I believe I’ve made a major breakthrough in honing my craft of writing. After finishing Clockworks Warrior, I tried getting back to Arena and it proved very difficult. It seems I’ve upgraded significantly because the style in Arena seems very tacky to me now. This doesn’t mean I plan to abandon the project, it just means that I will need to put much more work in it than I previously imagined. Maybe it’s time to make up another deadline…
The major problem with Arena is that I wanted to use 1st person present in it. Since a lot of it is physical action, 1st person present works perfectly. You don’t get to hear a report of it as in past tense but get to watch it unfold in front of you. 1st was chosen because there were so many comments by my POV chacter that half o fthe text would be in italic. So 1st person present feels like the best way to go at it and yet I have a very queasy feeling about it. So I said to myself: just write it down, you can alway rewrite it later. True, and yet not completely true. I have to feel the text as I’m writing it, otherwise I can never make a story that would be good enough to publish. I can’t write in gloves, so to speak. It has to be genuine or it’s not worth doing it.
If anyone reading this blog has any suggestions, I would be happy to hear them so send them my way.
Lots of times it seems that writers don’t dare to look a dying character in the eye, as if afraid to be blamed personally for the murder. When it comes to killing, a writer needs to be a monster; no emotions, just every gruesome detail. George R R Martin never forgets to make the dying of his characters personal, no matter how minute they are. To me, every death scene in Song of Ice and Fire is a tragedy (and there’s plenty of them), even if the character was made to be hated (you all know which characters I mean). There’s also one line in the HBO series Game of Thrones (yes, I’m nuts about that show), delivered by King Robert about killing men: “They don’t tell you how they all shit themselves. They don’t put that part in the songs.”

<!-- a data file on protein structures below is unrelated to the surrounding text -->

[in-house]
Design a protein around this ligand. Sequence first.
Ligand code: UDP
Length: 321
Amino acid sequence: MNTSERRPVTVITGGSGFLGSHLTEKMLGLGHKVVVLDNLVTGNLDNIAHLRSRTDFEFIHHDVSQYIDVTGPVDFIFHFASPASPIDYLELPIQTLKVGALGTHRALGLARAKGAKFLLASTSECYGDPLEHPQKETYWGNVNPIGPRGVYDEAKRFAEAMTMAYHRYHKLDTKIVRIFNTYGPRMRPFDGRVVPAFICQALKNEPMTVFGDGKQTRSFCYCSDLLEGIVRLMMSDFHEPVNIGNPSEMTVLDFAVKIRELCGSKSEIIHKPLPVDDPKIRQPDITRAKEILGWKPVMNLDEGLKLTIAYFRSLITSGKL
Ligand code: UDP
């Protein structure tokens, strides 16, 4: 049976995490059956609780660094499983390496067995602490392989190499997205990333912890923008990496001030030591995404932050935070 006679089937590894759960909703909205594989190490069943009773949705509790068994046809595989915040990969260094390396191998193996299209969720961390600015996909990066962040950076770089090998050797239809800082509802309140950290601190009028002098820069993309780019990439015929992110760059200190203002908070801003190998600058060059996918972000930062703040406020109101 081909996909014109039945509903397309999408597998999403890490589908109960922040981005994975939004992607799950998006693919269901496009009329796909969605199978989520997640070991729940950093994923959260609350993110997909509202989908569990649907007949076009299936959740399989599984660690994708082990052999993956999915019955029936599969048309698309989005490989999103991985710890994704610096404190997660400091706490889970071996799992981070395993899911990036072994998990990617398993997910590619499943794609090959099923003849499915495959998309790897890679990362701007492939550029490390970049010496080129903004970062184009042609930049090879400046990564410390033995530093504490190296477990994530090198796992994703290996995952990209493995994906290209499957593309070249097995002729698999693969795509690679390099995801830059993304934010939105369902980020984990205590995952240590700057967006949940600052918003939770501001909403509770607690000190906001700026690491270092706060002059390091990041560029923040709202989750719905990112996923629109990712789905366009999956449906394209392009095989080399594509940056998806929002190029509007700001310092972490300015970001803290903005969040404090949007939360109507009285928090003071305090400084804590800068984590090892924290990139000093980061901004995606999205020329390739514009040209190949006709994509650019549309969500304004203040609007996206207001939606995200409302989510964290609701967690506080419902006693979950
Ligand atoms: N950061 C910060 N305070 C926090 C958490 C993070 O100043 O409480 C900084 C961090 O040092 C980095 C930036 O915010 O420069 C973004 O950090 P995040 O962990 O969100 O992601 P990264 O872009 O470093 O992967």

To that purpose, I love Quentin Tarantino’s movies. Not because they are quirky and don’t even have to make sense to be awesome but because the killing is always personal. It’s important to show the dying as well. That character wasn’t just a prop, it was a person. The least we can do is say farewell to them, not pretend like they never existed in the first place.
It seems many upcoming writers have trouble with describing action scenes. This is something I’ve been working on since forever and there’s still much and more to learn. But here are some things I’ve figured out.
First of all, a battlefield isn’t a playground. The Narnia books/movies have battles where the main fighters are children and hamsters. Excuse me? Grown men return from a battle broken and ruined and you want to see a 13-year-old charging a minotaur head on? Oh right, it’s fantasy.
With that mini-rant out of the way, I can finally concentrate on the important stuff.
Make your characters fight dirty. It gives you a whole new way of showing their true nature. Who thinks about fighting honorably when they are actually fighting? Most people think about surviving through a battle, not how they must remain pure and noble. A decent character can be ashamed of it later.
There are some authors who are good at action scenes and one should strive to learn from them. Steven Pressfield writes gripping battle scenes and in his books you can see that most of the battle isn’t fighting but the waiting, the emotional and physical stress. Concentrate on those if you want to make a battle scene realistic. For instance, Aragorn in Two Towers just went through the Warg fight scene, fell off a cliff, nearly drowned, rode all night to reach Helm’s Deep in time and then calmly put on a 20-kilo suit of chainmail and fought for another night without stopping. Not realistic one bit, even for fantasy.